“Drive!” Dalton glanced out of his window, a look of trepidation on his face.

“Wait, please,” Brenna placed a hand on the driver’s shoulder then turned to Dalton. “What the hell are you doing here?”

“I came to talk to Jackie.”

Brenna continued to glare at him.

“My sister?” he supplied, his brows lifted. “Marcus’ wife?”

“I know who Jackie is, Dalton! Now get out of my way! I need to talk to Marcus and you’re not stopping me this time.”

“I won’t have to,” he said, his eyes trained on a figure bursting out of the house. It was a woman, and she was carrying a shotgun.

“Get off my property, you little whore!” Jackie started across the front lawn, the gun dangling from her skinny arms.

“She wouldn’t seriously shoot me, would she?”

Dalton ignored her and spoke directly to the driver. “If you don’t want your head blown off, I suggest you MOVE!”

The cab driver took one look at the woman with the gun coming toward them and roared the engine to life. They were moving two seconds later.

Brenna turned around and watched the woman reach the curb. She steadied herself and took aim.

“She’s going to shoot us!” Brenna continued to stare at the woman through the back windshield. She couldn’t believe what she was seeing. A man was running toward Jackie. It looked like Marcus. It WAS Marcus. “There’s Marcus!”

Dalton slapped a hand on the back of her head and pushed her down to the seat. “You have a death wish, do you know that?”

The driver, panicked and not wanting to get shot, rounded the corner on two wheels, they were out of sight within seconds.

“If she had fired that gun, could I have had her arrested?”

Dalton sat back up and regarded her with narrowed eyes. “Just what the HELL were you thinking?”

“I … I … needed to talk to Marcus,” she answered quietly, shrinking from Dalton’s anger.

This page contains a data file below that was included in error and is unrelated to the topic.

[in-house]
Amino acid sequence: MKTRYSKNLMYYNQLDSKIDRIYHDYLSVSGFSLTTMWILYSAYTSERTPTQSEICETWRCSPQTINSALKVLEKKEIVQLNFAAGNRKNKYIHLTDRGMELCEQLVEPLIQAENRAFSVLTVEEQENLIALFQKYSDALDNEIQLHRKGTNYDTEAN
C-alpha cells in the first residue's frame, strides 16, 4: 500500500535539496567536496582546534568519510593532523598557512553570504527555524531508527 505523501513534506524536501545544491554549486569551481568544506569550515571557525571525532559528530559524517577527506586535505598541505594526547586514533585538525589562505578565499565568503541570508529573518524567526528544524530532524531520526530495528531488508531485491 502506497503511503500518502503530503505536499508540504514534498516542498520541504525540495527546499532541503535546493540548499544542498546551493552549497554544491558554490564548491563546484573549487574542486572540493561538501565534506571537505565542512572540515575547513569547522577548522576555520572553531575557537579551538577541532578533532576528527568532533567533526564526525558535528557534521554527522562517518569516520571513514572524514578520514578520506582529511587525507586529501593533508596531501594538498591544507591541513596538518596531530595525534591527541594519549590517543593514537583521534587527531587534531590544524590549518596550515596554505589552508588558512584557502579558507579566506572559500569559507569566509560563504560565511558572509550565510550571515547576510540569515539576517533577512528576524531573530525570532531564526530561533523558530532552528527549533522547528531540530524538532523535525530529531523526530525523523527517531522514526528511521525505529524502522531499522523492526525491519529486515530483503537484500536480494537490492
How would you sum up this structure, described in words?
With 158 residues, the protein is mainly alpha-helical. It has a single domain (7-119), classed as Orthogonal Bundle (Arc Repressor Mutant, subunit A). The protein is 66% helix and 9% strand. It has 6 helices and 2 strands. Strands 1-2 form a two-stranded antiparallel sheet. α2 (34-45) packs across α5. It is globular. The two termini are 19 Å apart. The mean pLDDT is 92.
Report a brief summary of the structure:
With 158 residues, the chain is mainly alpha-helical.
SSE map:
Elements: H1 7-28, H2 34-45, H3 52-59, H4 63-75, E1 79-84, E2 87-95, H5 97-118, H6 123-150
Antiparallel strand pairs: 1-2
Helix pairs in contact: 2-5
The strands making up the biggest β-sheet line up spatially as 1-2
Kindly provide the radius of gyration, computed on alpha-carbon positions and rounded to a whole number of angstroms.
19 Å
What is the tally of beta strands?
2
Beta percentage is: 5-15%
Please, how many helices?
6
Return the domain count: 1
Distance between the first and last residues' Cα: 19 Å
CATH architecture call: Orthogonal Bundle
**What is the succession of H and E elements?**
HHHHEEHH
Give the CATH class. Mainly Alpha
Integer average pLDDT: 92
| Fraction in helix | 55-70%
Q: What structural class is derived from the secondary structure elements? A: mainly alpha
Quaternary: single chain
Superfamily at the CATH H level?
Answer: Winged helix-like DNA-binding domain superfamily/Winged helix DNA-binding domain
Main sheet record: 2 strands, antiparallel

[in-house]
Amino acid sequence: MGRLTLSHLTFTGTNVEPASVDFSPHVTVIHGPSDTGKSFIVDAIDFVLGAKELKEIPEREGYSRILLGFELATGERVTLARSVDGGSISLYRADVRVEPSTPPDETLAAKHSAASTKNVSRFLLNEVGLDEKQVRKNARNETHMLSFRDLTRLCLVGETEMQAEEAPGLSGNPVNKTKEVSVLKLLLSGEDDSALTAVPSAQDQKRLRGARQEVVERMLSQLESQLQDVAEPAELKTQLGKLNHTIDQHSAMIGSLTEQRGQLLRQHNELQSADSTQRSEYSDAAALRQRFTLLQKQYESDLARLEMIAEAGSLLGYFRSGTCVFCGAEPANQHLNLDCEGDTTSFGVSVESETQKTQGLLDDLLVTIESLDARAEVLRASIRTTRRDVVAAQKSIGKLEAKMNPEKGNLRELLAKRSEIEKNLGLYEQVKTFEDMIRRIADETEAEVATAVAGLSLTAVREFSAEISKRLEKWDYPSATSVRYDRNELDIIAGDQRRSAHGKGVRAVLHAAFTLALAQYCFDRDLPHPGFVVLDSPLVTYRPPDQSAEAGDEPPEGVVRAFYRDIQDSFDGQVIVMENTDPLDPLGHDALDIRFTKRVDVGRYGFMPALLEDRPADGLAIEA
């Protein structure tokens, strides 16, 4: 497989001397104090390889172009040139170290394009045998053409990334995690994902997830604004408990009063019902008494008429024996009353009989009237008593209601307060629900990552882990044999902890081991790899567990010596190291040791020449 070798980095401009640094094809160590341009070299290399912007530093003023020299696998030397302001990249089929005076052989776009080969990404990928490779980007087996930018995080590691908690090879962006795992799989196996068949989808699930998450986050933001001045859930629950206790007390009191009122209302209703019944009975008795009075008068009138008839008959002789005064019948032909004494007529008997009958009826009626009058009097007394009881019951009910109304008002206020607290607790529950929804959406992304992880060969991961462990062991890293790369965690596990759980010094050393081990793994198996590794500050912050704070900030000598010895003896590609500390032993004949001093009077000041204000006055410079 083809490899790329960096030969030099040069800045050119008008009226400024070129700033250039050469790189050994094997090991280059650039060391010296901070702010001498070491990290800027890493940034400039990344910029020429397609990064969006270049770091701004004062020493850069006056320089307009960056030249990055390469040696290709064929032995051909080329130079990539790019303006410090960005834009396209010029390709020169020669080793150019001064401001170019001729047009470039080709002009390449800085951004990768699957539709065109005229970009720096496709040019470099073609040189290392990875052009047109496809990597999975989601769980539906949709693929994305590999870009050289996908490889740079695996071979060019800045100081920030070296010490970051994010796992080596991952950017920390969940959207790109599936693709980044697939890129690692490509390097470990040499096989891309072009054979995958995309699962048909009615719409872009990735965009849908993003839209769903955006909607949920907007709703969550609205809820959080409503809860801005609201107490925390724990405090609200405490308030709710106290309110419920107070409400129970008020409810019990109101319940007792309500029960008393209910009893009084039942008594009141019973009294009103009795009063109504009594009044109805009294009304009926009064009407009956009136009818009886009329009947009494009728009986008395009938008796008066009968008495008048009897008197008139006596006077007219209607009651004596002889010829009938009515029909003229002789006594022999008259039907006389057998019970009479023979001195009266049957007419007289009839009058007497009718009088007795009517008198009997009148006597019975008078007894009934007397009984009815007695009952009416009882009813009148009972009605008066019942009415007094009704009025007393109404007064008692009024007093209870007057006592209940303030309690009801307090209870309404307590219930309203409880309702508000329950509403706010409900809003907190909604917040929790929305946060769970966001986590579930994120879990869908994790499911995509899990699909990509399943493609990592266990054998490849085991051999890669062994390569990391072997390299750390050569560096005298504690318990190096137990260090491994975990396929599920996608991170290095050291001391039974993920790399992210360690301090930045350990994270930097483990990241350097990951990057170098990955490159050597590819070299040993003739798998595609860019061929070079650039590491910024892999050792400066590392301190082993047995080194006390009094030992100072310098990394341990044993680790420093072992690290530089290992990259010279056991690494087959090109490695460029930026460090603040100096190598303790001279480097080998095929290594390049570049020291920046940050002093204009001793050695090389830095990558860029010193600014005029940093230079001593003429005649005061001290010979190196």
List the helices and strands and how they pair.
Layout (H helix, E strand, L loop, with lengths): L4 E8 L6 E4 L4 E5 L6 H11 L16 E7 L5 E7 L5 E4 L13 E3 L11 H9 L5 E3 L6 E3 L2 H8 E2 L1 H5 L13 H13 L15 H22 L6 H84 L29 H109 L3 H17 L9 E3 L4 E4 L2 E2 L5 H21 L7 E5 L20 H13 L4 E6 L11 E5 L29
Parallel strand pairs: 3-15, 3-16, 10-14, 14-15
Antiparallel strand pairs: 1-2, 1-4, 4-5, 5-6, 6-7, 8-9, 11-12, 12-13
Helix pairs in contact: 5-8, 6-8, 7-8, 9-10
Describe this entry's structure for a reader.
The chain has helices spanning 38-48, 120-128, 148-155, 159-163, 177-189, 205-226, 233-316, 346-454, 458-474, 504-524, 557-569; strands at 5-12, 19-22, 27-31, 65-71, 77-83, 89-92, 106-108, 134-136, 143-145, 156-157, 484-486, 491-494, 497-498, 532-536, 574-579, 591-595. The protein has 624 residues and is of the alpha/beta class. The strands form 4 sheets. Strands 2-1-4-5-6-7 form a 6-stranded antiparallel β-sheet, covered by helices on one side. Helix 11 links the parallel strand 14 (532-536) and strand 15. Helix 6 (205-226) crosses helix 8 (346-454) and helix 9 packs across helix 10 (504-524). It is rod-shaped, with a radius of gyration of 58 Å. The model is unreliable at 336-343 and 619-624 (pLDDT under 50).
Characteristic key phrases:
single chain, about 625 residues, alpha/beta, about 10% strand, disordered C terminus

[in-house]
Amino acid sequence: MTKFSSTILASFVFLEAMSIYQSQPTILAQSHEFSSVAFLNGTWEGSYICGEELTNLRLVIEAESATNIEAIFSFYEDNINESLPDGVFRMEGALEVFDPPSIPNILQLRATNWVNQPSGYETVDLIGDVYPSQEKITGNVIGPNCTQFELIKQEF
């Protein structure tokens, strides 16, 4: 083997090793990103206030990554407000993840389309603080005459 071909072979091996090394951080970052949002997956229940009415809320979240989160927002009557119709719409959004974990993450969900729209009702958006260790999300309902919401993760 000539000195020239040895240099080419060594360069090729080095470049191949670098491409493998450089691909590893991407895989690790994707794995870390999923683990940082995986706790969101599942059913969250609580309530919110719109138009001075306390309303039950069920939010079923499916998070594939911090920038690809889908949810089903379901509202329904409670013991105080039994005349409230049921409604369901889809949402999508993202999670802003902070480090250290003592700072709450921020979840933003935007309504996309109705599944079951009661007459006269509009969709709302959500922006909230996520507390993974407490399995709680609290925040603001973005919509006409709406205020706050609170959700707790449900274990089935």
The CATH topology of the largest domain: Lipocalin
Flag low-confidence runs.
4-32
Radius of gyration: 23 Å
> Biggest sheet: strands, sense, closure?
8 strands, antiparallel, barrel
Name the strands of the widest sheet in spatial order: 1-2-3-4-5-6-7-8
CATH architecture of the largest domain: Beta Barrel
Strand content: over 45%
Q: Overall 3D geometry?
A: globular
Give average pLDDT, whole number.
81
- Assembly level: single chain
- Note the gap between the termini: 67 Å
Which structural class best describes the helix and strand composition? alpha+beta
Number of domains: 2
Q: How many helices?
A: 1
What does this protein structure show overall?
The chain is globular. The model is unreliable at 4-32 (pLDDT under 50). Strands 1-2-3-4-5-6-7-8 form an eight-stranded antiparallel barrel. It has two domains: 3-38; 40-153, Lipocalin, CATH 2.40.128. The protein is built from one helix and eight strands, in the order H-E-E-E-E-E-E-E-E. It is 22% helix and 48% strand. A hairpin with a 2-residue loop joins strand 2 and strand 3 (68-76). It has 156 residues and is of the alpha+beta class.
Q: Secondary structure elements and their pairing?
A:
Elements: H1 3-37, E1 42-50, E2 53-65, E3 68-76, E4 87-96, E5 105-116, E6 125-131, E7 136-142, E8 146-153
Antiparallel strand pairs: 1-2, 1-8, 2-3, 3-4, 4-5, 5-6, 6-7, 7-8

“At his house? With his WIFE home? What did you expect to happen? That you could just waltz up to their house, ring the doorbell and say in that perky little voice of yours, ‘Hello. I’m Marcus’ mistress. I was wondering, is he here? I need to talk to him. I hope you don’t mind.’” He snorted. “Are you mental?”

“I don’t think I’m the one you should be asking that question to, Dalton.”

“I’m not playing games, Brenna. Jackie is my sister, and I love her, but she’s nuts. Always has been. She’s unstable under the best of conditions, she’s certainly not going to allow you to walk into her home and shut yourself off in a room with her husband just so you can get a few answers.”

“Uh … where to, lady?” the cab driver addressed the question to Brenna, but his eyes remained on Dalton through the rearview mirror.

“Back to the lady’s house,” Dalton growled

The cabbie’s question served to ground them both. Long moments passed with neither of them speaking.

“WHY don’t you want me to talk to Marcus?” She crossed her arms and turned in her seat to stare at him. “What exactly do you not want me to know? What is the big secret?”

“Believe me, I’d tell you if I could.”

“Why can’t you? I’m going crazy trying to piece this thing together on my own. It would be nice if you would meet me halfway here.”

“It’s more complicated than that.”

“How so?”

Dalton waved a hand. “Your whole losing your memory thing.”

“I’m not made of glass, Dalton.”

He sighed. “Look. I realize this must be incredibly frustrating for you,” she snorted in response. He ignored her. “But you’re going to have to trust me on this. Dr. Connelly said you lost your memory because of something traumatic that happened to you. This is your body’s way of protecting itself. You’ll remember when you’re ready to remember. Talking to Marcus is not going to help you.”

“It would fill in some gaps.”

“It would hurt you,” he said softly.

“Why do you care? Wouldn’t it be better to make me remember? Then you would have the answers you need concerning the fire, you could get back to work, I could get on with my life, everyone’s happy.”

“It’s not that easy, Brenna.”

She felt like screaming. “It could be! Why do you feel like you have to protect me?”

He was silent for a long time. When she was sure he wasn’t going to answer her, she huffed out an irritated breath, moved closer to her side of the car and stared out of the window.